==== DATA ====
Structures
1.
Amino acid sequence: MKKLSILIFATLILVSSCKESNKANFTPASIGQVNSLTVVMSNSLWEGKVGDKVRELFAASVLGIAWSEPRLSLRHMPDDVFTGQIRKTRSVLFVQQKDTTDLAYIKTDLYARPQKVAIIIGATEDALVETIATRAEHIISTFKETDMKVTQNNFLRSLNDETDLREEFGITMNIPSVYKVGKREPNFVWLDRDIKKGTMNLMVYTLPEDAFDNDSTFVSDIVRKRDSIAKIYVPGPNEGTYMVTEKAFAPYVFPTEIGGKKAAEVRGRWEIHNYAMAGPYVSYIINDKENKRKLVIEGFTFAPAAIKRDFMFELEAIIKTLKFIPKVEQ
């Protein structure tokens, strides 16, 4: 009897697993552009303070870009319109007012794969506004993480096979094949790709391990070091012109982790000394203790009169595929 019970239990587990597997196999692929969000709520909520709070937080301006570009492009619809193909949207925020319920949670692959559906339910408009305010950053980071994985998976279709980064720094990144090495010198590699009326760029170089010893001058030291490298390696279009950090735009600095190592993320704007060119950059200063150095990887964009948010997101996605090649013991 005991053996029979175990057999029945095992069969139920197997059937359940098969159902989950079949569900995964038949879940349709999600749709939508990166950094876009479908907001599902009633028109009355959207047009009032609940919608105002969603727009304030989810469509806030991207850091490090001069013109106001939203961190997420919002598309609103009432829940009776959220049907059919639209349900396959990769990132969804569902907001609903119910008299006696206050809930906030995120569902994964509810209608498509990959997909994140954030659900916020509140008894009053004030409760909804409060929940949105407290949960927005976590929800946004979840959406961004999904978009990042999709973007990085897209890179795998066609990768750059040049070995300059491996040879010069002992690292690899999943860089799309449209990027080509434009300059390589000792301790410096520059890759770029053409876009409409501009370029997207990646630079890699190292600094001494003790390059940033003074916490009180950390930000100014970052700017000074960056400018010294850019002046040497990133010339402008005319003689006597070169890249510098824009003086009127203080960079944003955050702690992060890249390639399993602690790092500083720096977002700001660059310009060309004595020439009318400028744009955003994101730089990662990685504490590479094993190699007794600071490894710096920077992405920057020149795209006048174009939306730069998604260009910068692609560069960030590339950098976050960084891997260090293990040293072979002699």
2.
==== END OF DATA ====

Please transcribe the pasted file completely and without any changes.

Structures
1.
Amino acid sequence: MKKLSILIFATLILVSSCKESNKANFTPASIGQVNSLTVVMSNSLWEGKVGDKVRELFAASVLGIAWSEPRLSLRHMPDDVFTGQIRKTRSVLFVQQKDTTDLAYIKTDLYARPQKVAIIIGATEDALVETIATRAEHIISTFKETDMKVTQNNFLRSLNDETDLREEFGITMNIPSVYKVGKREPNFVWLDRDIKKGTMNLMVYTLPEDAFDNDSTFVSDIVRKRDSIAKIYVPGPNEGTYMVTEKAFAPYVFPTEIGGKKAAEVRGRWEIHNYAMAGPYVSYIINDKENKRKLVIEGFTFAPAAIKRDFMFELEAIIKTLKFIPKVEQ
């Protein structure tokens, strides 16, 4: 009897697993552009303070870009319109007012794969506004993480096979094949790709391990070091012109982790000394203790009169595929 019970239990587990597997196999692929969000709520909520709070937080301006570009492009619809193909949207925020319920949670692959559906339910408009305010950053980071994985998976279709980064720094990144090495010198590699009326760029170089010893001058030291490298390696279009950090735009600095190592993320704007060119950059200063150095990887964009948010997101996605090649013991 005991053996029979175990057999029945095992069969139920197997059937359940098969159902989950079949569900995964038949879940349709999600749709939508990166950094876009479908907001599902009633028109009355959207047009009032609940919608105002969603727009304030989810469509806030991207850091490090001069013109106001939203961190997420919002598309609103009432829940009776959220049907059919639209349900396959990769990132969804569902907001609903119910008299006696206050809930906030995120569902994964509810209608498509990959997909994140954030659900916020509140008894009053004030409760909804409060929940949105407290949960927005976590929800946004979840959406961004999904978009990042999709973007990085897209890179795998066609990768750059040049070995300059491996040879010069002992690292690899999943860089799309449209990027080509434009300059390589000792301790410096520059890759770029053409876009409409501009370029997207990646630079890699190292600094001494003790390059940033003074916490009180950390930000100014970052700017000074960056400018010294850019002046040497990133010339402008005319003689006597070169890249510098824009003086009127203080960079944003955050702690992060890249390639399993602690790092500083720096977002700001660059310009060309004595020439009318400028744009955003994101730089990662990685504490590479094993190699007794600071490894710096920077992405920057020149795209006048174009939306730069998604260009910068692609560069960030590339950098976050960084891997260090293990040293072979002699």
2.